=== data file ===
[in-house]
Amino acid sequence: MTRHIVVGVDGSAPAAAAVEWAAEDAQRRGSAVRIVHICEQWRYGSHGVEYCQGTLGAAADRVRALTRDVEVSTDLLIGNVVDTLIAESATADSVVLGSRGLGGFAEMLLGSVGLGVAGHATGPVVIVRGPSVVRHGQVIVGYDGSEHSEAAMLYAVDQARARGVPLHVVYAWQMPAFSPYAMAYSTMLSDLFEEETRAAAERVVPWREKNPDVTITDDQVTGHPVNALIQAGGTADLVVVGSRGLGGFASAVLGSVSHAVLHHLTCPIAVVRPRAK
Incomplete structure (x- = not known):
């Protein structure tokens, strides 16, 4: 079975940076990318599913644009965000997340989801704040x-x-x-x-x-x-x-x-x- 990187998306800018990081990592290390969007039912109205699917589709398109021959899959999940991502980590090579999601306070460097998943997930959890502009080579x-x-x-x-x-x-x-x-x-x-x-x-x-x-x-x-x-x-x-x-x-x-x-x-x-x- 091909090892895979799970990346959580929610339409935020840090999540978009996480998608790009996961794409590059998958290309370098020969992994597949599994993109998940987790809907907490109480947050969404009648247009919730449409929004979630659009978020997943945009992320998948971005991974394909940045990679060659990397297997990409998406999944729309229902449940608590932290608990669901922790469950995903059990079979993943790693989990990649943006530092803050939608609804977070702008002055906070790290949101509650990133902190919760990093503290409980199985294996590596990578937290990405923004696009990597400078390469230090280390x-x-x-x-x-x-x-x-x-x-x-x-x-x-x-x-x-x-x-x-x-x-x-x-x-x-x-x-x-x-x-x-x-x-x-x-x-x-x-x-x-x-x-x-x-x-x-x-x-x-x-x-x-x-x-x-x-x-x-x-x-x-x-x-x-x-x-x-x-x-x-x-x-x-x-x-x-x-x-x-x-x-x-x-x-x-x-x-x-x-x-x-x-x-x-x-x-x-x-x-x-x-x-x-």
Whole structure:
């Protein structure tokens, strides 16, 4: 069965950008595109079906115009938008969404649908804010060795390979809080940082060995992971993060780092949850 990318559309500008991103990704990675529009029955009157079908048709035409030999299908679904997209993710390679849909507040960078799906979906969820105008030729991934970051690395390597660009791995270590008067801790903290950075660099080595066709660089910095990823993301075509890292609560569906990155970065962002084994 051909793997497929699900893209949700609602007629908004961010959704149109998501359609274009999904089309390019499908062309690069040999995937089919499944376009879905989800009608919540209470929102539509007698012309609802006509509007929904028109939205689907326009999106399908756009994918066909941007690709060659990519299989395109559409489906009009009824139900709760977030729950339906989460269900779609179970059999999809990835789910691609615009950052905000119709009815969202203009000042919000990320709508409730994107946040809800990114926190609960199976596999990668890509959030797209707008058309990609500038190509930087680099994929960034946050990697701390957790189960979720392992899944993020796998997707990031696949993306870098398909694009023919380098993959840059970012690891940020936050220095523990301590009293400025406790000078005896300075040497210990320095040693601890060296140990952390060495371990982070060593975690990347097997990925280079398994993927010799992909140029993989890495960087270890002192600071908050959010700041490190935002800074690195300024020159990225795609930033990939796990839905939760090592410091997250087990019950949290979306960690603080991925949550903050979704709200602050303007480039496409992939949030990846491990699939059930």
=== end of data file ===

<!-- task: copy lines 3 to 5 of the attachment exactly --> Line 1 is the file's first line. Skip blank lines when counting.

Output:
Incomplete structure (x- = not known):
């Protein structure tokens, strides 16, 4: 079975940076990318599913644009965000997340989801704040x-x-x-x-x-x-x-x-x- 990187998306800018990081990592290390969007039912109205699917589709398109021959899959999940991502980590090579999601306070460097998943997930959890502009080579x-x-x-x-x-x-x-x-x-x-x-x-x-x-x-x-x-x-x-x-x-x-x-x-x-x- 091909090892895979799970990346959580929610339409935020840090999540978009996480998608790009996961794409590059998958290309370098020969992994597949599994993109998940987790809907907490109480947050969404009648247009919730449409929004979630659009978020997943945009992320998948971005991974394909940045990679060659990397297997990409998406999944729309229902449940608590932290608990669901922790469950995903059990079979993943790693989990990649943006530092803050939608609804977070702008002055906070790290949101509650990133902190919760990093503290409980199985294996590596990578937290990405923004696009990597400078390469230090280390x-x-x-x-x-x-x-x-x-x-x-x-x-x-x-x-x-x-x-x-x-x-x-x-x-x-x-x-x-x-x-x-x-x-x-x-x-x-x-x-x-x-x-x-x-x-x-x-x-x-x-x-x-x-x-x-x-x-x-x-x-x-x-x-x-x-x-x-x-x-x-x-x-x-x-x-x-x-x-x-x-x-x-x-x-x-x-x-x-x-x-x-x-x-x-x-x-x-x-x-x-x-x-x-």
Whole structure: